Boer War Page 91k

Rare Boer War Discoveries

Below are some of the key items the Canadian Boer War Museum has added to its collections
in its ongoing efforts to preserve important Canadian heritage memorabilia from this period.

Great Canadian Heritage Discoveries - Jan. 2005

Prime Minister Sir Wilfrid Laurier 1841-1919 - Portraits
Great Canadian Heritage Treasure
Autographed & Dedicated Photograph, Sir Wilfrid Laurier 1908
Orig. photo - Image size - 12.5" x 15.5"
Found - Palgrave, ON
Orig. inscription by Sir Wilfrid Laurier, "To Calliers, from her Friend Wilfrid Laurier," Orig. frame and glass

"From her friend Wilfrid Laurier"

Prime Minister Laurier has been gone for over 80 years, but he is as well known today, in Canada, as any recent Prime Minister, because his face is on the Canadian five dollar bill. As a result, he is at the top of the list for Canadian Prime Minister memorabilia collectors.

If you look extremely hard, and long, it is possible to find an original photo of Sir Wilfrid, an autograph, or a note in his hand. But to find them all in one is impossible you say?

Recently at a small rural Ontario auction we did just that when we discovered this huge original photo portrait with original glass and frame still intact after a century.

Wonderful enough! But at the bottom of the photo was an extremely rare treasure. A personal note to a friend, and the autograph of Sir Wilfrid himself. "To Calliers from her friend Wilfrid Laurier"

Sir Wilfrid: Very rarely do you come across a special heritage treasure from one of Canada's truly great statesmen, as happened recently with regard to Sir Wilfrid Laurier, Canada's first French-Canadian Prime Minister (PM from 1896 - 1911).

Many consider him Canada's best Prime Minister as well. He practiced, to a fine art, the job of tweaking the delicate balance between French and English Canadians, who, in 1900 made up the vast proportion of Canada's population.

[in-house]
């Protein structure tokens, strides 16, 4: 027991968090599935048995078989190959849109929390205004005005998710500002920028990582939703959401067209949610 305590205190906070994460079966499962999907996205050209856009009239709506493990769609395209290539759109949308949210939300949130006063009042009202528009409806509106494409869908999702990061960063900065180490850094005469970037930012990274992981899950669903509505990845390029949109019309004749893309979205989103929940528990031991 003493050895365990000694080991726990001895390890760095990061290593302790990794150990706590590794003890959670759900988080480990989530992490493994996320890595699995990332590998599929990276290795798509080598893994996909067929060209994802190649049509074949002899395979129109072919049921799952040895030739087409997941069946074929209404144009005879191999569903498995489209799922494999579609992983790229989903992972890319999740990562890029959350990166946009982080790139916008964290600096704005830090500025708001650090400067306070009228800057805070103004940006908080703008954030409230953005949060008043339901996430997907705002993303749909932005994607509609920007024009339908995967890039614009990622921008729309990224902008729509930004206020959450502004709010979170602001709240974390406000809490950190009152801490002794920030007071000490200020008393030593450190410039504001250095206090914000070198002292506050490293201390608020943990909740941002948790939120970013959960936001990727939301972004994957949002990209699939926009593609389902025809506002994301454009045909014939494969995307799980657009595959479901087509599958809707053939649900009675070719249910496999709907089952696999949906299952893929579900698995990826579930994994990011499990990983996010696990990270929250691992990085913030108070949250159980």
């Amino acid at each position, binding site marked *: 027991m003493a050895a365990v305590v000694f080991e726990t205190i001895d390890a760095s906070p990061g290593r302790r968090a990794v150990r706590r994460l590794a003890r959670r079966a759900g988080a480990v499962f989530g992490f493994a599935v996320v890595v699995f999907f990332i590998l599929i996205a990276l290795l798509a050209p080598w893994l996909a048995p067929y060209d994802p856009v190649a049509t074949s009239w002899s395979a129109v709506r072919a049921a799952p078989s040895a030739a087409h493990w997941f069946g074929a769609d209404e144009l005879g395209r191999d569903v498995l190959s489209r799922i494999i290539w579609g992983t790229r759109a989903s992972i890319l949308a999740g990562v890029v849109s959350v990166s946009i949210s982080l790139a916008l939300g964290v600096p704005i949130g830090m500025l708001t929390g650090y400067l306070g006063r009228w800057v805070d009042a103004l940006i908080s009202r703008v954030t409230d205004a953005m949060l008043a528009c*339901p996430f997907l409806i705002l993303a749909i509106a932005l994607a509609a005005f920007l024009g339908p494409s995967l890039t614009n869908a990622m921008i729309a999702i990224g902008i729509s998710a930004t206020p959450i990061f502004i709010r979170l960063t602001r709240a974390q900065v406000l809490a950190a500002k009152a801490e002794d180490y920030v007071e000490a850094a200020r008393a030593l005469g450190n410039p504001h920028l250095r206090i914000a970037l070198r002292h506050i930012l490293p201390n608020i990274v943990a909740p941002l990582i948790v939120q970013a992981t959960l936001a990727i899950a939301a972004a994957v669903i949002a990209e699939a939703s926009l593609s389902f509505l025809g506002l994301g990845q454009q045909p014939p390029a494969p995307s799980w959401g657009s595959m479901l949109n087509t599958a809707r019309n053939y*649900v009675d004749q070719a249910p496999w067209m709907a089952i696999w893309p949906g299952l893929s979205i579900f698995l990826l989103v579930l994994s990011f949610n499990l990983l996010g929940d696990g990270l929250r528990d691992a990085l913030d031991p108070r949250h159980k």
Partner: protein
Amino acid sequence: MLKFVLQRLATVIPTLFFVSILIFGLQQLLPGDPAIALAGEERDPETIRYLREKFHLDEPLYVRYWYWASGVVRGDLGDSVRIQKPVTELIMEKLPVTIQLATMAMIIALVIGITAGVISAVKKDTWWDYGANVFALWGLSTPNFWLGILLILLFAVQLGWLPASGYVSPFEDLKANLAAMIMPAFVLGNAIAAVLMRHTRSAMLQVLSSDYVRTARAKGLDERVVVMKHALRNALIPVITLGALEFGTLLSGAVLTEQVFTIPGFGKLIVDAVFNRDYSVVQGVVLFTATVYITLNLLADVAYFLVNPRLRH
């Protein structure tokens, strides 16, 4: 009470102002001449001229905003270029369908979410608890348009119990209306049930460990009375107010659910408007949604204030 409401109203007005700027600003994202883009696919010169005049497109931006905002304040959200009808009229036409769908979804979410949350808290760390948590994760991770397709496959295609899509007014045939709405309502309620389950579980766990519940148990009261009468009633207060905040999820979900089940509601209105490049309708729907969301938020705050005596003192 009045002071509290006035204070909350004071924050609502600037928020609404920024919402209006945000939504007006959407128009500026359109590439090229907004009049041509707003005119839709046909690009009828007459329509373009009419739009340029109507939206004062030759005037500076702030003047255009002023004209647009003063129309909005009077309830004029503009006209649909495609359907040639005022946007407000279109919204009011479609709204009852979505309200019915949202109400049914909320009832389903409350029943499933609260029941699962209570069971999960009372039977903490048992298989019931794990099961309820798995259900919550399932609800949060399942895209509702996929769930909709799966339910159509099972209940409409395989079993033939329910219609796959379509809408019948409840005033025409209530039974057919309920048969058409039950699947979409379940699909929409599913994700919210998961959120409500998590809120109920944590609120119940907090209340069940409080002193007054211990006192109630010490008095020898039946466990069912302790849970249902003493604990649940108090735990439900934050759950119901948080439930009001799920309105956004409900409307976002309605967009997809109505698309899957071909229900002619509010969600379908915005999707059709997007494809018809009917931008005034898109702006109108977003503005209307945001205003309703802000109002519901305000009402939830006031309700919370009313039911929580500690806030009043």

In an age when racial agendas - proudly - ruled in every country of the world, Sir Wilfrid rose to statesmanship by setting aside his own ethnic background, in order to speak, and to be seen to speak, for the rights of all Canadians, regardless of their backgrounds.

Reuben Benstead: Sir Wilfrid won the admiration not only of his fellow French-Canadians but of dyed-in-the-wool Anglos as well. One of my earliest recollections, as a boy of ten, was riding on a horse drawn wagon in the heart of Scotch southwestern Ontario, beside Reuben Benstead, a crusty old Anglo farmer, then in his eighties. As he clucked to his Clydesdales, Queen and King, he told me stories of Canada's past. One thing he said, and a name I had never heard before, is etched forever in my memory.

"Sir Wilfrid! He was the best Prime Minister we ever had!" He paused, lost in thought, thinking back on a good memory, in a life that was long, and well lived... That was in 1951, some 40 years after Sir Wilfrid had been in office, and lots of others had tried their hand at the top job. I don't believe Reuben - who was as steeped in the ethnic politics of the age, as anyone else - had ever met a French-Canadian, or wanted to. And his neighbours were not known as especially welcoming to non-Anglos. Could there be a more powerful encomium for a Canadian statesman, from a less impeachable source?

Great Canadian Heritage Treasure
Prime Minister Laurier's Liberal Cabinet - 1896
Orig. litho - Image size - 16" x 20"
Found - Inglewood, ON
Orig. frame & glass
This is the only coloured lithograph we have ever found of a nineteenth, or twentierth century, Canadian cabinet. Oddly enough it is not that rare. So popular was this French-Canadian Prime Minister - even in Anglophone Ontario - that this print turns up from time to time at rural Ontario auctions. We have seen five in the past three years, all in original glass & frame. And that is fortunate because many today regard him as Canada's finest Prime Minister.